Market Scorecard. Markets were very muted yesterday, when the day came to a close markets were mixed. The Dow was up 0.10%, the S&P 500 was down 0.04%, the Nasdaq was down 0.15% and the All-share was down 0.28%. Sitting at 12-month highs are Clicks and Dischem, interesting that the two major players in the pharmacy retail sectors are both soaring. In an environment where retail growth is muted, you would think for one company to do well it would be because they are stealing market share from the other. Another stock at 12-month highs was Standard Bank, which benefited from Moody’s not downgrading us.


Linkfest, lap it up

One thing, from Paul

Amazon is a top holding in our Vestact US client portfolios. It has done incredibly well, hitting a new all time, intra-day high yesterday above $1,200 per share.

At that price level, founder and CEO Jeff Bezos is worth more than $100 billion, and is the richest person in the world, by quite a margin. Well done to him!

The reason for the surge appears to be that Amazon surpassed its expectations for sales on the Black Friday/Cyber Monday shopping weekend.

I was interested to see that the top selling items by value over the past weekend were the following: (1) Amazon Echo Dot, (2) Fire TV Stick with Alexa Voice Remote, (3) TP-Link Smart Plug, (4) Instant Pot DUO80 Pressure Cooker and (5) 23andMe DNA Test.

The top three are Amazon’s own products. What’s that last one? The 23andMe testers allows users to capture a saliva sample which gets sent in to a lab. After a few weeks the company issues a report showing the users’ own ancestry, and their propensity to contract certain genetically indicated diseases.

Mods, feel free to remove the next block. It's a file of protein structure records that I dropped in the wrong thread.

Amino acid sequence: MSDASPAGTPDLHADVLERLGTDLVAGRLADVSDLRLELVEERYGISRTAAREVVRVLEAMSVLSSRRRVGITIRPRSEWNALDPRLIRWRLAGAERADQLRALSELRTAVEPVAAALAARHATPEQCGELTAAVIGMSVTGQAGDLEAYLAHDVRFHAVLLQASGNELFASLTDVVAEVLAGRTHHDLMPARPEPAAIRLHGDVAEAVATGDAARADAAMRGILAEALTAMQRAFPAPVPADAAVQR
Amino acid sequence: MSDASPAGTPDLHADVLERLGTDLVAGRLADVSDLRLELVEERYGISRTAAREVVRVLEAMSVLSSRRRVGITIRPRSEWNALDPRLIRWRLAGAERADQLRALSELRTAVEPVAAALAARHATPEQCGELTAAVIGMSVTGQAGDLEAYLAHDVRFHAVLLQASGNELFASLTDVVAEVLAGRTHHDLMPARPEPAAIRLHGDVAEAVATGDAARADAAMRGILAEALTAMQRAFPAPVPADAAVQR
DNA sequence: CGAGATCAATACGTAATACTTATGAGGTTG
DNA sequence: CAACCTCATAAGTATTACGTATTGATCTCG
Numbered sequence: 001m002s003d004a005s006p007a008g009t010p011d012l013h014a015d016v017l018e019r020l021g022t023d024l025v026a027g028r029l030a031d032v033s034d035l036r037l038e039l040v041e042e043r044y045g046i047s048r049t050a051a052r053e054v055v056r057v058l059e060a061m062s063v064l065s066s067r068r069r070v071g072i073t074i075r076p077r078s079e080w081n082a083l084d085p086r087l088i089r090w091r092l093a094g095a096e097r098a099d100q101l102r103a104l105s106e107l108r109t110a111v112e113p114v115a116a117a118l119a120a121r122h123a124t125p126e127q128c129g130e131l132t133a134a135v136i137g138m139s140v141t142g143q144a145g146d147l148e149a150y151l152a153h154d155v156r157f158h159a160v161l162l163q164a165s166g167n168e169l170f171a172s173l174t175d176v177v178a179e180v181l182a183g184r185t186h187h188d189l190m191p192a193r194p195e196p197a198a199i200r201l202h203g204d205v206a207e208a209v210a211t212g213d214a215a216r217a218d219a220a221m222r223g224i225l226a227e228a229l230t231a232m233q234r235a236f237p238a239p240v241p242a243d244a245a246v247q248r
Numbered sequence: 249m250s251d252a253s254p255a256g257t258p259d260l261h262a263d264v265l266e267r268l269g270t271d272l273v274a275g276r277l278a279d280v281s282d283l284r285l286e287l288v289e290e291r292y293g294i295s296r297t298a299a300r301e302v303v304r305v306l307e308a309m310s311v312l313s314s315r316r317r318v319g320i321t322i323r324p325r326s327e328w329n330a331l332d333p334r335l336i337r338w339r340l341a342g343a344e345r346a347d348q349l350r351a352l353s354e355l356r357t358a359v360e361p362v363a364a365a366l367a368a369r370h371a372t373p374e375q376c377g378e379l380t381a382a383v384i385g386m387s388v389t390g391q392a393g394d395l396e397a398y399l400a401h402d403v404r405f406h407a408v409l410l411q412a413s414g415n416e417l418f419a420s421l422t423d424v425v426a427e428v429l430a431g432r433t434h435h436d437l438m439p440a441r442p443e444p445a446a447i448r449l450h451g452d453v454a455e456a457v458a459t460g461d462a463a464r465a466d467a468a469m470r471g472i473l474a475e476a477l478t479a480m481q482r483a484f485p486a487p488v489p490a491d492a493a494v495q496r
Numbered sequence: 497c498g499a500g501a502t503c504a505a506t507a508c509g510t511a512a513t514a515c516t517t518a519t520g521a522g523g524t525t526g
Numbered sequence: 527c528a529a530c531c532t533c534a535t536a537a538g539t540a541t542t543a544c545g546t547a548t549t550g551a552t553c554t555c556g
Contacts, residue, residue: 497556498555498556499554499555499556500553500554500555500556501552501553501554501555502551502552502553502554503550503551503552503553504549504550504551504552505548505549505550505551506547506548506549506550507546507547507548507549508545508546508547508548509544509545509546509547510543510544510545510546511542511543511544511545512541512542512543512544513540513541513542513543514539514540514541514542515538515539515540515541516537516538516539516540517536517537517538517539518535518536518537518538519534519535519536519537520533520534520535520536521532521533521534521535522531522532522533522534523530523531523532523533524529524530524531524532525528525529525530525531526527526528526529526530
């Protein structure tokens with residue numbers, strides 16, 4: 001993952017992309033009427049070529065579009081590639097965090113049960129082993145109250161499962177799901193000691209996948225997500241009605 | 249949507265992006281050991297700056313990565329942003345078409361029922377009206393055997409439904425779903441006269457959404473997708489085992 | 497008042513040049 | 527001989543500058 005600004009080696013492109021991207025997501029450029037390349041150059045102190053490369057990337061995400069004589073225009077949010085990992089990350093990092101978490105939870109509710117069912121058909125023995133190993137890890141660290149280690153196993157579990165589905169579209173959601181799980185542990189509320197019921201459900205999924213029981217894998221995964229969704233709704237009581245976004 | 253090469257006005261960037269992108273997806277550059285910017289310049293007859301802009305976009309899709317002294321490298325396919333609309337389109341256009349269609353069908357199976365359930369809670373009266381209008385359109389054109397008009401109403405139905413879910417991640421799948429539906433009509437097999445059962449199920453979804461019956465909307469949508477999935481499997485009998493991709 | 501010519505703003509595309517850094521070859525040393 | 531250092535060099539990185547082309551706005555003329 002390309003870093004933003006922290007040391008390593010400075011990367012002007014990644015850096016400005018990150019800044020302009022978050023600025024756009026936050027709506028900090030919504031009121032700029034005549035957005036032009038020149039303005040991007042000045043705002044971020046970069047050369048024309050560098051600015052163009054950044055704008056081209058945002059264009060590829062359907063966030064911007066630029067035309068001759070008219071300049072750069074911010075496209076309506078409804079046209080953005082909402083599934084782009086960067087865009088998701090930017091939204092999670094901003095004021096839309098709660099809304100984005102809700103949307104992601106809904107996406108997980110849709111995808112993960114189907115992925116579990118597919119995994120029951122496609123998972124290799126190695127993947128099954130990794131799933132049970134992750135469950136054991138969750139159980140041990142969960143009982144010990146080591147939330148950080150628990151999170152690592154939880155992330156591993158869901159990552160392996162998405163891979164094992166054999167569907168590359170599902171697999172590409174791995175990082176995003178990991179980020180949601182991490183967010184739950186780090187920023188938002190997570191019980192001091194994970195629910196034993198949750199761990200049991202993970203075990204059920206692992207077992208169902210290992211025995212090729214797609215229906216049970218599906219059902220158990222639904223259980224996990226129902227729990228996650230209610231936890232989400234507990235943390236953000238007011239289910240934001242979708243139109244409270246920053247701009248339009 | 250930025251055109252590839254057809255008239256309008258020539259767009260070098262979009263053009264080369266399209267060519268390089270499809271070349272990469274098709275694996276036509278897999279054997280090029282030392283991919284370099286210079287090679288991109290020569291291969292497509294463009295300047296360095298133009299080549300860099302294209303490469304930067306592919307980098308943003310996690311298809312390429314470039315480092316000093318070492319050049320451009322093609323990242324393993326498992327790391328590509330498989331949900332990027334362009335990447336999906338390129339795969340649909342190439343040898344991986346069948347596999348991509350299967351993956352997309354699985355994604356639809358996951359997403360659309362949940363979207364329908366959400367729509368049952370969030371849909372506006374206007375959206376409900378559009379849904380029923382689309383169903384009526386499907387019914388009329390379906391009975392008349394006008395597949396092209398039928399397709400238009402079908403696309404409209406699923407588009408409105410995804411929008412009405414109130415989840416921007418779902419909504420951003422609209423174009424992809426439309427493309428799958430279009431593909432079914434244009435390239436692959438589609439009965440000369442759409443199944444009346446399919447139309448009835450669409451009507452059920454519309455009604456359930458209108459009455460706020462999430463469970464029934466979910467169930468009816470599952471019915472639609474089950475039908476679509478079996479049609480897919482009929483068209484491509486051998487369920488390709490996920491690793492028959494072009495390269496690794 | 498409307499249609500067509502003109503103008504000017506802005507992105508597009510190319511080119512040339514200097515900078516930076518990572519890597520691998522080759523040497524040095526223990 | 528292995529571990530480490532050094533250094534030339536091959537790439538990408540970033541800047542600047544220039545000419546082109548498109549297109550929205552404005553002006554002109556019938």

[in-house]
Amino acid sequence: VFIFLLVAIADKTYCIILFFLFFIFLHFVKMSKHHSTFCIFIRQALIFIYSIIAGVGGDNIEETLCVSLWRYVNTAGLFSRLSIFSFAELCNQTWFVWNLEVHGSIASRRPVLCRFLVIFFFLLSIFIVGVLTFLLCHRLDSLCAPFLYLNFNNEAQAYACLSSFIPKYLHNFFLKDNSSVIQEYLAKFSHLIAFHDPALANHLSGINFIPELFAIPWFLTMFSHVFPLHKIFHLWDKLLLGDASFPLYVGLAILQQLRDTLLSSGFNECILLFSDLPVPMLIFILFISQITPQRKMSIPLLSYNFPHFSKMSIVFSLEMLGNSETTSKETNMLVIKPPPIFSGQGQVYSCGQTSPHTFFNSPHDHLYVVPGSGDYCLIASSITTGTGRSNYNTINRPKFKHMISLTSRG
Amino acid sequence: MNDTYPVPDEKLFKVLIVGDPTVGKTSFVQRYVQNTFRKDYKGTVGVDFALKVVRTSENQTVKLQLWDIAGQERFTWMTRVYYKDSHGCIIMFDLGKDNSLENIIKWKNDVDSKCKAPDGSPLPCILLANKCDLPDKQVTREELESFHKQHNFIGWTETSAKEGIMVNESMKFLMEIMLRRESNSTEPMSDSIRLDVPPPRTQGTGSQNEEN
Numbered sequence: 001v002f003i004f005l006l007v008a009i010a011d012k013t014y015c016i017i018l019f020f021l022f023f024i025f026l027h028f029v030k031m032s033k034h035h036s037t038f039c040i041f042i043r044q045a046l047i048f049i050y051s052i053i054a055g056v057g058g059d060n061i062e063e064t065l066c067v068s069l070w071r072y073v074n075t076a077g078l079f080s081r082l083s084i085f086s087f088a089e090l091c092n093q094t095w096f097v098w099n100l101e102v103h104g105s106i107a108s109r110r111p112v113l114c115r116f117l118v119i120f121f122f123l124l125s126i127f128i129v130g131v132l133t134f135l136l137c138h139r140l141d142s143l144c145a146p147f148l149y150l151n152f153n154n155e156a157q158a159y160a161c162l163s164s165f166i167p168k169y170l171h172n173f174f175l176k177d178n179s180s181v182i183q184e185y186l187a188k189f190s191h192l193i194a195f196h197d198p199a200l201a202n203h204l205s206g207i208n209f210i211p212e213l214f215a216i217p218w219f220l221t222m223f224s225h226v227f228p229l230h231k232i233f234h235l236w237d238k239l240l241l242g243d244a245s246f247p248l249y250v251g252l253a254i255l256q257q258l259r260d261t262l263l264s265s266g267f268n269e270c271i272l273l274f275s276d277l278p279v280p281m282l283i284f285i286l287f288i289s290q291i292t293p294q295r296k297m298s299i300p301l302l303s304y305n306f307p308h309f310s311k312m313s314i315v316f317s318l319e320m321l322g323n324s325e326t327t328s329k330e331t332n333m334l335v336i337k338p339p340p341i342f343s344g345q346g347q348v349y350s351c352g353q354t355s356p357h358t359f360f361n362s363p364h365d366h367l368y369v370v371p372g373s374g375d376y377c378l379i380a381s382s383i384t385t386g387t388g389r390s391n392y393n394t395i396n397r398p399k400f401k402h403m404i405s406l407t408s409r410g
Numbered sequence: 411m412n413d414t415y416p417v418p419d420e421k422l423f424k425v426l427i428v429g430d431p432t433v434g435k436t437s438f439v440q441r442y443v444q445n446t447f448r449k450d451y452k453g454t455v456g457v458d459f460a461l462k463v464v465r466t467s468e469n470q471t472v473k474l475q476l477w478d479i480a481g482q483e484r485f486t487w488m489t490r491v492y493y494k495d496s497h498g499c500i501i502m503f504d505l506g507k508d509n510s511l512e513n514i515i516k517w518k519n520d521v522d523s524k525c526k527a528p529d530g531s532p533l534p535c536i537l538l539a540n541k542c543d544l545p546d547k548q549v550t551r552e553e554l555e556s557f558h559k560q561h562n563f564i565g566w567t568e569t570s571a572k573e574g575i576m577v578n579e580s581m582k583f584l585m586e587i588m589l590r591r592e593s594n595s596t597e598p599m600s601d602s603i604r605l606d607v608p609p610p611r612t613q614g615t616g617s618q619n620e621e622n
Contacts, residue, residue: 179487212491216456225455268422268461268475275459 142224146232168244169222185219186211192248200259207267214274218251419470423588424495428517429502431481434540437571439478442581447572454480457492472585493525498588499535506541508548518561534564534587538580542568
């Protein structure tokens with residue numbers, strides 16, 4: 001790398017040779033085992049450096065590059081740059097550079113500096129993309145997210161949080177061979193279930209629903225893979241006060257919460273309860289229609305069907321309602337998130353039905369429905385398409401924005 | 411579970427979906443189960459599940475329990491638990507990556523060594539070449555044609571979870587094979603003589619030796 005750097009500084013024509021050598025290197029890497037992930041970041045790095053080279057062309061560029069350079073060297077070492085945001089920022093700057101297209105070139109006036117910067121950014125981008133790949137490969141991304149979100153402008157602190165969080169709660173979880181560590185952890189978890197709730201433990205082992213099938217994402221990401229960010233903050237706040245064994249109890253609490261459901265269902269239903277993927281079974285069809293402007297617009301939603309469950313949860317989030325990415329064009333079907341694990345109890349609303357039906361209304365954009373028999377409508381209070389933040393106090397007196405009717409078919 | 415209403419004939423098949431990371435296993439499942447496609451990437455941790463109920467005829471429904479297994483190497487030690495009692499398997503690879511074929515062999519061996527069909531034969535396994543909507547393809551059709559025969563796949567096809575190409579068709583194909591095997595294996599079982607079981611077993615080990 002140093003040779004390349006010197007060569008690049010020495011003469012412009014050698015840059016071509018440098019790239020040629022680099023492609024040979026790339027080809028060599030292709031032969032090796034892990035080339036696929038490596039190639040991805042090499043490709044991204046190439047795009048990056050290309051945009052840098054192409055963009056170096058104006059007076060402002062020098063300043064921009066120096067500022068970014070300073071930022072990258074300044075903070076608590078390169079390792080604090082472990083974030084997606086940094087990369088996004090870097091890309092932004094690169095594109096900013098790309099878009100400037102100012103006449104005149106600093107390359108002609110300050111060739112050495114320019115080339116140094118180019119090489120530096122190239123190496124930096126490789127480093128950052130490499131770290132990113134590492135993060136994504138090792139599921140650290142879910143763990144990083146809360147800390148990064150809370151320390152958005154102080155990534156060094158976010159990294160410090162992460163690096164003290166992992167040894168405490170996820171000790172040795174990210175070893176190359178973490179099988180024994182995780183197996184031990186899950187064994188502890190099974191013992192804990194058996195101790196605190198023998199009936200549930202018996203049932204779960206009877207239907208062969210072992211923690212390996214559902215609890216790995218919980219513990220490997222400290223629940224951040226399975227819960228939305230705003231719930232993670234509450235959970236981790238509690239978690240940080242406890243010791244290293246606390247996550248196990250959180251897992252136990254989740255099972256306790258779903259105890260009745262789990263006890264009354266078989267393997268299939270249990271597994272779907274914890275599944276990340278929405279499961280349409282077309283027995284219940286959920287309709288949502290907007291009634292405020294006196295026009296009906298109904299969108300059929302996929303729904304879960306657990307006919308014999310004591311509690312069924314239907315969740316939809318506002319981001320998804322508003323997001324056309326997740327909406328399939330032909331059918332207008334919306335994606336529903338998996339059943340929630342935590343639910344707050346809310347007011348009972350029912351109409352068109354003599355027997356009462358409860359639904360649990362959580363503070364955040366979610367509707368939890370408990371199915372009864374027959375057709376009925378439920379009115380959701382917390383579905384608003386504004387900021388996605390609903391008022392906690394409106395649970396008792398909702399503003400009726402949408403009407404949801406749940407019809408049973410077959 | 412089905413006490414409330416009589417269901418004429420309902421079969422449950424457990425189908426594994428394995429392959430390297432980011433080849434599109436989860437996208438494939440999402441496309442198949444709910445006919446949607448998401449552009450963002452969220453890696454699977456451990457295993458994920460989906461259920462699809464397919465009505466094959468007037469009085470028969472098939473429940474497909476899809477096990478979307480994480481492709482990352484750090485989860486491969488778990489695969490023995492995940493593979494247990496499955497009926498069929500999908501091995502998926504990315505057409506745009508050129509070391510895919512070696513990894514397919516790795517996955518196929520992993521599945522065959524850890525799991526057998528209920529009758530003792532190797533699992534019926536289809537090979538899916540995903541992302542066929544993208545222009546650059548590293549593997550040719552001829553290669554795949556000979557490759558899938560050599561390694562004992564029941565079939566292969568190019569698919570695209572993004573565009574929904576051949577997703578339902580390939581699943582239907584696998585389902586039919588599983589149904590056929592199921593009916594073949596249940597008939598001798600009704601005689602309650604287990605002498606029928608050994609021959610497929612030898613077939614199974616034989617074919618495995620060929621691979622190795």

More about those top sellers here.


Byron’s Beats

Yesterday Mediclinic announced their designate CEO. Remember current CEO Danie Meintjies plans to step down next year after 8 years at the helm. Dr Ronnie van der Merwe will be the man in charge no later than August 2018 . He is an insider and currently the Chief Clinical Officer. I must say, his CV is impressive. See this from the announcement.

“Dr Van der Merwe obtained qualifications in Advanced Management (Harvard Business School, USA), a Fellowship in Anaesthesia (College of Anaesthesiologists, South Africa) where he was the recipient of the Jack Abelsohn Medal and a Bachelor of Medicine and Bachelor of Surgery (University of Stellenbosch, South Africa).”

He has been at Mediclinic since 1999 and has been Chief Clinical Officer since 2007. The business looks like it will be in good hands. Although those hands will certainly be very full.


Bright’s Banter

Money laundering seems to be a big problem for Airbnb. The company has to navigate real-life versions of Walter White and Jesse Pinkman from Breaking Bad, as well as guys like Marty Byrde from Netflix’s award winning series Ozark. If you have watched any of these series, you’ll know that these guys are pretty bad ass.

People, just like the ones named above, are using Russian crime forums to scout, price, and share Airbnb listings made specifically for the purpose of cleaning cash from stolen/cloned credit cards. These scammers claim that this has been ongoing “since like foreverrrr”. These scammers have managed to go around the authentication process in order to reach their goal.

These people are so good at scamming that they even work out the competitive rental for the area, manufacture fake reviews, online interactions etc. just to make it all look legit. Talk about going the extra mile! I’m sure you’re gonna enjoy this read.

Inside Airbnb’s Russian Money Laundering Problem


Vestact in the Media

Bright chats to Power FM about Sasol’s BEE shares. If you own their BEE shares or are thinking of buying them, make sure you give it a listen – Bright from Vestact.

Business Day gives us a mention in the following article Tiger Brands eyes Africa expansion.


Home again, home again, jiggety-jog. Our market is off to a red start, probably in part due to the strong Rand. The only data out today of some note is the US consumer confidence number.


Sent to you by Team Vestact.